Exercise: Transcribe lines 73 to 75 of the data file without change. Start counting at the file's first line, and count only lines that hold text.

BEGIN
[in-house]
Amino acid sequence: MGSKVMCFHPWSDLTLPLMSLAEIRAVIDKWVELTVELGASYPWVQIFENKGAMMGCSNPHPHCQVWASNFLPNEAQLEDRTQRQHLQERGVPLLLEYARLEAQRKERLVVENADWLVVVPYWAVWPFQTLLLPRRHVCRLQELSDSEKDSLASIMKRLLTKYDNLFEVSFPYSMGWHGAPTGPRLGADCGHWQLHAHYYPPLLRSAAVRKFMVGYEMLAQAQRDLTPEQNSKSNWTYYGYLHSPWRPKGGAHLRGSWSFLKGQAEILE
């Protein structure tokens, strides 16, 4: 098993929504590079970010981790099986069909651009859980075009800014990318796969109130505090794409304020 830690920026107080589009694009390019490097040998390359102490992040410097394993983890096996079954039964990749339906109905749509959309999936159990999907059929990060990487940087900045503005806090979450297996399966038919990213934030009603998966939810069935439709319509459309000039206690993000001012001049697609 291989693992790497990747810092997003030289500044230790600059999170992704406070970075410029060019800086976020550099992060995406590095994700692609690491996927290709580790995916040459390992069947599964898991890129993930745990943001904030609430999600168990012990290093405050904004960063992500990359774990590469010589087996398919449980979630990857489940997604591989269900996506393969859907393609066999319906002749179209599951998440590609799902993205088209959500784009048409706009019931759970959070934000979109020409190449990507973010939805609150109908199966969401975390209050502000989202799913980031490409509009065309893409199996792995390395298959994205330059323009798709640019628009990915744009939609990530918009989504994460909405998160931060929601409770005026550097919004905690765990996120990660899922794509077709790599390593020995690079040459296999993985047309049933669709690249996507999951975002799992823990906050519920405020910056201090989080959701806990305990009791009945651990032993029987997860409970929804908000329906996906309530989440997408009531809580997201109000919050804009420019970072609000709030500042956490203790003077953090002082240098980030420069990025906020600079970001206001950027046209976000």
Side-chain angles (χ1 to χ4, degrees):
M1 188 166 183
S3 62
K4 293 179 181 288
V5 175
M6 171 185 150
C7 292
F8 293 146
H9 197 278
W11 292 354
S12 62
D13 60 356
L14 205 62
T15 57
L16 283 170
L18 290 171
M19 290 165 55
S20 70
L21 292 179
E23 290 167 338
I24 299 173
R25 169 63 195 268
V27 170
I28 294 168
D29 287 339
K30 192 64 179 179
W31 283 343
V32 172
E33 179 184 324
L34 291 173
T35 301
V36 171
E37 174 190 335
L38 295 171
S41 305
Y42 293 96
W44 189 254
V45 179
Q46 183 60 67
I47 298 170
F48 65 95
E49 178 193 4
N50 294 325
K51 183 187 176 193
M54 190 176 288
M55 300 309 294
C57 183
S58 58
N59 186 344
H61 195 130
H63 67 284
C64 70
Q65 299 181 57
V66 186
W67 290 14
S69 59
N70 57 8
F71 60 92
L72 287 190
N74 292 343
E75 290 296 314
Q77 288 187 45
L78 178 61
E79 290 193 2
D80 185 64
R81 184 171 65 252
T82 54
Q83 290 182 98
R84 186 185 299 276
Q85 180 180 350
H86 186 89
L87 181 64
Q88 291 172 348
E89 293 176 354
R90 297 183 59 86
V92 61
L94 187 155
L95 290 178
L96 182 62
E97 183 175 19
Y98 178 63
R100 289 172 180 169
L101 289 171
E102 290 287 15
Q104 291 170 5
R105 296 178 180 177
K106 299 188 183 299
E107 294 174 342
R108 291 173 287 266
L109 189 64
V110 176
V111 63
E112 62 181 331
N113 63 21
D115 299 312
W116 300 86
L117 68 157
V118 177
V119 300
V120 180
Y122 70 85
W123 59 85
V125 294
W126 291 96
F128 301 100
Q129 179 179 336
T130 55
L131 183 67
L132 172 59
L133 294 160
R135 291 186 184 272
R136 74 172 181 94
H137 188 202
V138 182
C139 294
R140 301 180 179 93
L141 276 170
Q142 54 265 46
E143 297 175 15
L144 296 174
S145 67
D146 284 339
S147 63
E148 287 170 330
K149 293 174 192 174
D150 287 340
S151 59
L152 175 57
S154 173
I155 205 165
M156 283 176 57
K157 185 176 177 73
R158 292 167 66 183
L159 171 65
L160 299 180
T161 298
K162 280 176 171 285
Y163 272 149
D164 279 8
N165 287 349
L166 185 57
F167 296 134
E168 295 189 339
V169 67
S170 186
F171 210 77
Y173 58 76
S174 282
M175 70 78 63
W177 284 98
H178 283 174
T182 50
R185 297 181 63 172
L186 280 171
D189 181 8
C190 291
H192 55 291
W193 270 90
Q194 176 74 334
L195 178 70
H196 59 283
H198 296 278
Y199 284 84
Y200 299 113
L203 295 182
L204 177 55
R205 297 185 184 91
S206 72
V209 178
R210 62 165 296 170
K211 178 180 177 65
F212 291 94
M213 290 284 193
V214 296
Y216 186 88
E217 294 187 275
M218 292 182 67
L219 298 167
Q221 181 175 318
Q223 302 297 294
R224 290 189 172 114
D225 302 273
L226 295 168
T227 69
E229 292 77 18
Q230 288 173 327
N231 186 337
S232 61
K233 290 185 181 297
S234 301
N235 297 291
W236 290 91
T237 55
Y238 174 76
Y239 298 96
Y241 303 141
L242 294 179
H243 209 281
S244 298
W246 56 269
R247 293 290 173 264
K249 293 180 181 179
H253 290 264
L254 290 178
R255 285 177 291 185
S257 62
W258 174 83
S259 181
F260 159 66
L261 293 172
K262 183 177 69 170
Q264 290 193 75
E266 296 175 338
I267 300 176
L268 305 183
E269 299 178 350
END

Q85 180 180 350
H86 186 89
L87 181 64